If you are into scrapbooking you can create a flip book, which is basically a little book that your penpal can unfold, revealing surprises inside, such as letters, activities, and playlists. 

5. It’s a Relatively Cheap Hobby that Allows You to Create Lasting Relationships

When I think about how much money I spend on my hobbies, penpalling is one of the cheapest. For basically the price of a cup of coffee I can buy a stamp and make someone else’s day a little better, plus the letter they receive is something they can hold on to forever.

In terms of time, you don’t have the expectation of maintaining frequent contact like you would with those you message through social media. However, you’re still able to show that you care about the relationship by taking the time to reply to their letters.

My penpals are comprised of family members who live out of town, people I’ve met during my travels and have become friends with, and people I’ve never met but plan to do so someday. It’s okay to reach out to a bunch of people at first to see how many responses you get and go from there. Some might not be very engaging, but the ones who stick with you may become lifelong friends!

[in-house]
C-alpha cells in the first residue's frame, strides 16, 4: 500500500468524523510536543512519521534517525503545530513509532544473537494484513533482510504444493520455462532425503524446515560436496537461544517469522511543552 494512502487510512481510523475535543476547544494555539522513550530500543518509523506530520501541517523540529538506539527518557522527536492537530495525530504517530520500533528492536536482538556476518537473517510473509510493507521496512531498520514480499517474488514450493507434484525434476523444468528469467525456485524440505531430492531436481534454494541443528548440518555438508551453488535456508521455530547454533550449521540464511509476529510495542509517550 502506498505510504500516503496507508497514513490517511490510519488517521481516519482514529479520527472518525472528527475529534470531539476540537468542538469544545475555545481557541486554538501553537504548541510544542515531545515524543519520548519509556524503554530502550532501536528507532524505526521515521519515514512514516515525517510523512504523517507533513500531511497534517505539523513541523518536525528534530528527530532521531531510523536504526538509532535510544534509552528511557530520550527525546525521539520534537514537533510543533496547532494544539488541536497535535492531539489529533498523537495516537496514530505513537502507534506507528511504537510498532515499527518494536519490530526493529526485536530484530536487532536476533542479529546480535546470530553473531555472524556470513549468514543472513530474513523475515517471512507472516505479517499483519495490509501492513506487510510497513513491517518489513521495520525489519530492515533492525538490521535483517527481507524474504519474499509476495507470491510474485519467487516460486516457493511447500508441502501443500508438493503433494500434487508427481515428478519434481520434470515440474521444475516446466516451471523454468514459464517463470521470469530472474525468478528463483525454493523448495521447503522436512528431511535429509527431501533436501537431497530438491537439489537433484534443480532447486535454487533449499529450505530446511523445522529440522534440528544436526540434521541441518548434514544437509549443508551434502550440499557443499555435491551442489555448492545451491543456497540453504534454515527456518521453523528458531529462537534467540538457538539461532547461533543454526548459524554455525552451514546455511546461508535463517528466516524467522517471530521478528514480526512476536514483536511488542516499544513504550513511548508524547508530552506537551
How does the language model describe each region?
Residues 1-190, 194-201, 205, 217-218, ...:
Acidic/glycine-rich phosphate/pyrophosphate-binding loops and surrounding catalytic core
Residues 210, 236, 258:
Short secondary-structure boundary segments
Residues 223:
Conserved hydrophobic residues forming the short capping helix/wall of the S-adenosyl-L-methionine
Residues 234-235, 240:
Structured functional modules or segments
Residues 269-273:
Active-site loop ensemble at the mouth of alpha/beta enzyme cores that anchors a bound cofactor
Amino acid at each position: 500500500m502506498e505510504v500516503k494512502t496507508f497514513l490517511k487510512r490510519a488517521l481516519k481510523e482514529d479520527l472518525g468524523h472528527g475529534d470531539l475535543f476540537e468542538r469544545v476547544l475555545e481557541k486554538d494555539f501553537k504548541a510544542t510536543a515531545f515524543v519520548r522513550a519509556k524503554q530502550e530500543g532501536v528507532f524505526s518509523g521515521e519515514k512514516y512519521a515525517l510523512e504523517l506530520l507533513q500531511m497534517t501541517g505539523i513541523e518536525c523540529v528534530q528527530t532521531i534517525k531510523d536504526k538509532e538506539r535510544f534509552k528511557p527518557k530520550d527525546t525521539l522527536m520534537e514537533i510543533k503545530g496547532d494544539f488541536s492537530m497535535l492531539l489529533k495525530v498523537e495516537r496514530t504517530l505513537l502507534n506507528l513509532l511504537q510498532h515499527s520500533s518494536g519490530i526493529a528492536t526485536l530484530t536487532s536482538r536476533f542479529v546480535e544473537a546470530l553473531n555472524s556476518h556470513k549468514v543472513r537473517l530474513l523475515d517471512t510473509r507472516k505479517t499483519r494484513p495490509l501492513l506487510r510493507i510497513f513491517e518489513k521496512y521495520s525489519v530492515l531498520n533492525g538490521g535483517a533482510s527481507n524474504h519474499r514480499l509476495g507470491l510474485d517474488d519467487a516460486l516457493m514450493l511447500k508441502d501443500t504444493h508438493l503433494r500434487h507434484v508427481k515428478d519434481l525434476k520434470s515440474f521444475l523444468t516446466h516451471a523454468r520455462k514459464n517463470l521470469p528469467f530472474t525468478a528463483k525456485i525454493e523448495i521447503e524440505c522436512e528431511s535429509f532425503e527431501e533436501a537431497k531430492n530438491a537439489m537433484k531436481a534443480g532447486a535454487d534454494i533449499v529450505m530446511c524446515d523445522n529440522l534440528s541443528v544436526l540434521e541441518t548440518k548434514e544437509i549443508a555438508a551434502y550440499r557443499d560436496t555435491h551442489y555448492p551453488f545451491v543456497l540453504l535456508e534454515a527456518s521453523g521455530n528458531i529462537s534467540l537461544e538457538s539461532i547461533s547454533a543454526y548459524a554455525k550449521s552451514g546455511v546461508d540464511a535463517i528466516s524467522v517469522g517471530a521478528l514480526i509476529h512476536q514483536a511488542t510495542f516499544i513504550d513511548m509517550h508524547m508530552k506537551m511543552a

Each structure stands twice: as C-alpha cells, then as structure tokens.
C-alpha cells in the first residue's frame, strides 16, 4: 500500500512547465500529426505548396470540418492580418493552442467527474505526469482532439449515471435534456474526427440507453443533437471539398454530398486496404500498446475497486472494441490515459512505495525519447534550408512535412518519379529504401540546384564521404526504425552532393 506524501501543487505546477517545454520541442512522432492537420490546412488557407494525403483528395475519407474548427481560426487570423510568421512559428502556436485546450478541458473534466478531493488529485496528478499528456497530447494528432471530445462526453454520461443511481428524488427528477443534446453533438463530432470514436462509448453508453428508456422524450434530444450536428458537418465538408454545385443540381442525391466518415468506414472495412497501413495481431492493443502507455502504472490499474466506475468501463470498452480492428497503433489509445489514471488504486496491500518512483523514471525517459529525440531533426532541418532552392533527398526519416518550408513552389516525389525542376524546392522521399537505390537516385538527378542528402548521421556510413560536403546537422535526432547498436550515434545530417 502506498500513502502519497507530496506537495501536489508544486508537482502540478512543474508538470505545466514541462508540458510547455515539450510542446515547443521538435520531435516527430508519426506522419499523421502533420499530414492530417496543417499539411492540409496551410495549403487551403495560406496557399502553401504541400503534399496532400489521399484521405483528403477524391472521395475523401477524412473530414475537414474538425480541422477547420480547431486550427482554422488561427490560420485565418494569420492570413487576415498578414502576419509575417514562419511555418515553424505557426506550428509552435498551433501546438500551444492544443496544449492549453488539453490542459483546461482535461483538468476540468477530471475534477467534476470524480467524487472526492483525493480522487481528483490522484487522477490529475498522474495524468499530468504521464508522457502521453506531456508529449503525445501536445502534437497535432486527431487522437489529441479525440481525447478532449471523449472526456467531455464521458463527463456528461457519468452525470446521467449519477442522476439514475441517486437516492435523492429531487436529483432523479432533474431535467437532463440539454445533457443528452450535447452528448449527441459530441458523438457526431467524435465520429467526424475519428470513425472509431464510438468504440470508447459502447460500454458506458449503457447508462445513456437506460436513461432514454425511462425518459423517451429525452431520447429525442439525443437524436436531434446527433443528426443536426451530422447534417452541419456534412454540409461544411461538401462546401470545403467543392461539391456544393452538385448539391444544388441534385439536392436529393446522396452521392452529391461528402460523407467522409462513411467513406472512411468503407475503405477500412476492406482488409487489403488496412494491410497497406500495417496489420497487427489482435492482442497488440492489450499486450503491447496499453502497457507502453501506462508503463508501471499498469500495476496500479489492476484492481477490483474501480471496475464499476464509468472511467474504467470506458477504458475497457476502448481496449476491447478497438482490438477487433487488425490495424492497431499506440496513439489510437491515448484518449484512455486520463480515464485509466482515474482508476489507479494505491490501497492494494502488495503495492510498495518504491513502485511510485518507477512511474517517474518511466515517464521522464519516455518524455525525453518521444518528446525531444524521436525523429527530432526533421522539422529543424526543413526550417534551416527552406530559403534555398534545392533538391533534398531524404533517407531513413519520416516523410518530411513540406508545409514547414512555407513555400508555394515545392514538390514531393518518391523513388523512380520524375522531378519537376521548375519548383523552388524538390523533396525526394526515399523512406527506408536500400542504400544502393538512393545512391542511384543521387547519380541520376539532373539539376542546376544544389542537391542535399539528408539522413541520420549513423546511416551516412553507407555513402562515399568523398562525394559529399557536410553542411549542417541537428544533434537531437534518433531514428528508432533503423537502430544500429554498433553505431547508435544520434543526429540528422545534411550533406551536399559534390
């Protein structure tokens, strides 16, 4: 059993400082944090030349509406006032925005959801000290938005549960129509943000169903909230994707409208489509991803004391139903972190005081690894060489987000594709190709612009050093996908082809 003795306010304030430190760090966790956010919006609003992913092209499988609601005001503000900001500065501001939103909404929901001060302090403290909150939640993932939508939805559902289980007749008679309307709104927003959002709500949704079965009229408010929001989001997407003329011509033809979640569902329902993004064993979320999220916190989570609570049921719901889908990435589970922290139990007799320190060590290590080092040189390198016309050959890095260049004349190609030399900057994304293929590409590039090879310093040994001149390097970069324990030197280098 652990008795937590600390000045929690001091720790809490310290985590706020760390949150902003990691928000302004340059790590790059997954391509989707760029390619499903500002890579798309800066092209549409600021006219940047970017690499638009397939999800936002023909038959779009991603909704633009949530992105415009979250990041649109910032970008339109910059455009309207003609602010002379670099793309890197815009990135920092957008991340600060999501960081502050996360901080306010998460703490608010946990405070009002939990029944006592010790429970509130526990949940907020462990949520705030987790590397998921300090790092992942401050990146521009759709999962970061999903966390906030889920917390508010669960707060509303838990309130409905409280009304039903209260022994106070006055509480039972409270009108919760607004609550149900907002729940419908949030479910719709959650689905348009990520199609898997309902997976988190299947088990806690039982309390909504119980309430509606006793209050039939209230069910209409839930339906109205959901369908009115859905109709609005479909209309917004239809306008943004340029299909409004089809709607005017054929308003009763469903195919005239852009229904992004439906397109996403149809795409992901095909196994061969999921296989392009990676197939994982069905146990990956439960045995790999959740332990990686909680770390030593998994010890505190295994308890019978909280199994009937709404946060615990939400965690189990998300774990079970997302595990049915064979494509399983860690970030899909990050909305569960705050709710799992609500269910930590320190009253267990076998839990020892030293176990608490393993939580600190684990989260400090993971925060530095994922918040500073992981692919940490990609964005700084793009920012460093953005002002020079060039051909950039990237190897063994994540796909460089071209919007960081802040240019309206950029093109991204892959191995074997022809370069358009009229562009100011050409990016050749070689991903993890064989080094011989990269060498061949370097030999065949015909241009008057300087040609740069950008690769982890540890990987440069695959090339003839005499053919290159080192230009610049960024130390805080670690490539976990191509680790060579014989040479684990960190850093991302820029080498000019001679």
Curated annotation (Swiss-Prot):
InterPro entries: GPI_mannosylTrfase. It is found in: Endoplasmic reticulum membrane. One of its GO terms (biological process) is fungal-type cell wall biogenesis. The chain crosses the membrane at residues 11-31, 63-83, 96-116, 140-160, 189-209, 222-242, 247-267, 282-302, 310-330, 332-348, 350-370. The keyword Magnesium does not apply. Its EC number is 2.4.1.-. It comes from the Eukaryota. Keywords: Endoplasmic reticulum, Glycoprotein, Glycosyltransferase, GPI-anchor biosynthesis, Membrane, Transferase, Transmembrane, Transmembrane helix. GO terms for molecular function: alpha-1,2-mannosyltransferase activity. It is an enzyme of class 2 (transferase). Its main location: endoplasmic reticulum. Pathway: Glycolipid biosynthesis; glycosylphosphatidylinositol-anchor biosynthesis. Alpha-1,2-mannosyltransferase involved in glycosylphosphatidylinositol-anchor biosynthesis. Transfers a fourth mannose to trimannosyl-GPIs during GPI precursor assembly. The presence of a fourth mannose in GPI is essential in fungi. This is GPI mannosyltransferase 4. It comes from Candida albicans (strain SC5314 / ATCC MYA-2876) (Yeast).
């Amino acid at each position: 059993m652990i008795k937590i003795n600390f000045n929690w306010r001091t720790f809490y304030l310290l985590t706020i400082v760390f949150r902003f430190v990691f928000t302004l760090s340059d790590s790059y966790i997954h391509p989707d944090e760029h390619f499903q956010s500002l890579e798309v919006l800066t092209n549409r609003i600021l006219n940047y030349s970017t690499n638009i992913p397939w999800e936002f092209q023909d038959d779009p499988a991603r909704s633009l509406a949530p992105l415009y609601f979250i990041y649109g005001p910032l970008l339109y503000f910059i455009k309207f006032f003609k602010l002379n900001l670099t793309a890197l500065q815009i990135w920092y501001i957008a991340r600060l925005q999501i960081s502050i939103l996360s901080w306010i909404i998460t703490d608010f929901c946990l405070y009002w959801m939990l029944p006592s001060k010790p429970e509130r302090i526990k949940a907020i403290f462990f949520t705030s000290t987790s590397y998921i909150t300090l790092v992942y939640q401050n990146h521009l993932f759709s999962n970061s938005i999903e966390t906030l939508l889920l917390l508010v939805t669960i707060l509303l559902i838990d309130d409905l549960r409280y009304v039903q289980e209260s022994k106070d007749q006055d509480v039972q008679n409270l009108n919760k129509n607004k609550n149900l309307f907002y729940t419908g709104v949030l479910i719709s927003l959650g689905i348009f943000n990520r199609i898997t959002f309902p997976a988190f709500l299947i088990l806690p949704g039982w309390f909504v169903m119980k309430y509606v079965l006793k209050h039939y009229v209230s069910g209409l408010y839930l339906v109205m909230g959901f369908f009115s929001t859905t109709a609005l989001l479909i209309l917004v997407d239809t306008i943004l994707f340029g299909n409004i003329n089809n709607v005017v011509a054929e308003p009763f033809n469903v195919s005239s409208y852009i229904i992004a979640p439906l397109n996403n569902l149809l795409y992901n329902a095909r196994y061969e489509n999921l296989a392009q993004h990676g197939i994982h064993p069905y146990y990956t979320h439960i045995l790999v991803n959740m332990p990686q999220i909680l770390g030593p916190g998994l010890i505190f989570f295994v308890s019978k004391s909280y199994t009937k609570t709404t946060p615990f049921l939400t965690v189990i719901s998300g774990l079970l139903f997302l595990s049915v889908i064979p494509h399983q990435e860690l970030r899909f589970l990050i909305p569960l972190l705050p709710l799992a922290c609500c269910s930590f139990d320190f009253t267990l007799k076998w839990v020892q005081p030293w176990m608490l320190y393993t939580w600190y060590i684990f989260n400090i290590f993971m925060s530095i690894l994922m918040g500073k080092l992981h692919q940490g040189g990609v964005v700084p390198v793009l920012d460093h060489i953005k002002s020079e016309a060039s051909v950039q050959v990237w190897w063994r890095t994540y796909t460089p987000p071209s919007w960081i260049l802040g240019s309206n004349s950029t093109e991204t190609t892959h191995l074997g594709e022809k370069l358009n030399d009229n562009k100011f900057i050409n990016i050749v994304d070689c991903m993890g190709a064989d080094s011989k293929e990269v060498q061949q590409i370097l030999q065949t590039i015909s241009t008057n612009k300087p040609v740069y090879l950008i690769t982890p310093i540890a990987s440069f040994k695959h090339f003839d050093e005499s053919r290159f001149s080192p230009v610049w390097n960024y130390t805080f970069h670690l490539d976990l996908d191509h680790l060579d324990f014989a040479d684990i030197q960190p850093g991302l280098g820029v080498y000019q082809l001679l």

Have you tried penpalling? Let us know in the comments below and join the conversation on FacebookTwitter & Instagram

Mei Anne

Mei Anne is currently a cognitive science student from Canada. When she is not spending time watching hockey, she enjoys playing sports (soccer, skiing, paddle boarding, disc golf), reading, creating art, and conversing with pen pals worldwide. She has a passion for travelling to learn about various cultures and explore nature from a different parts of the world. Her research interests include understanding human decision-making, and implementing educational technologies to promote learning.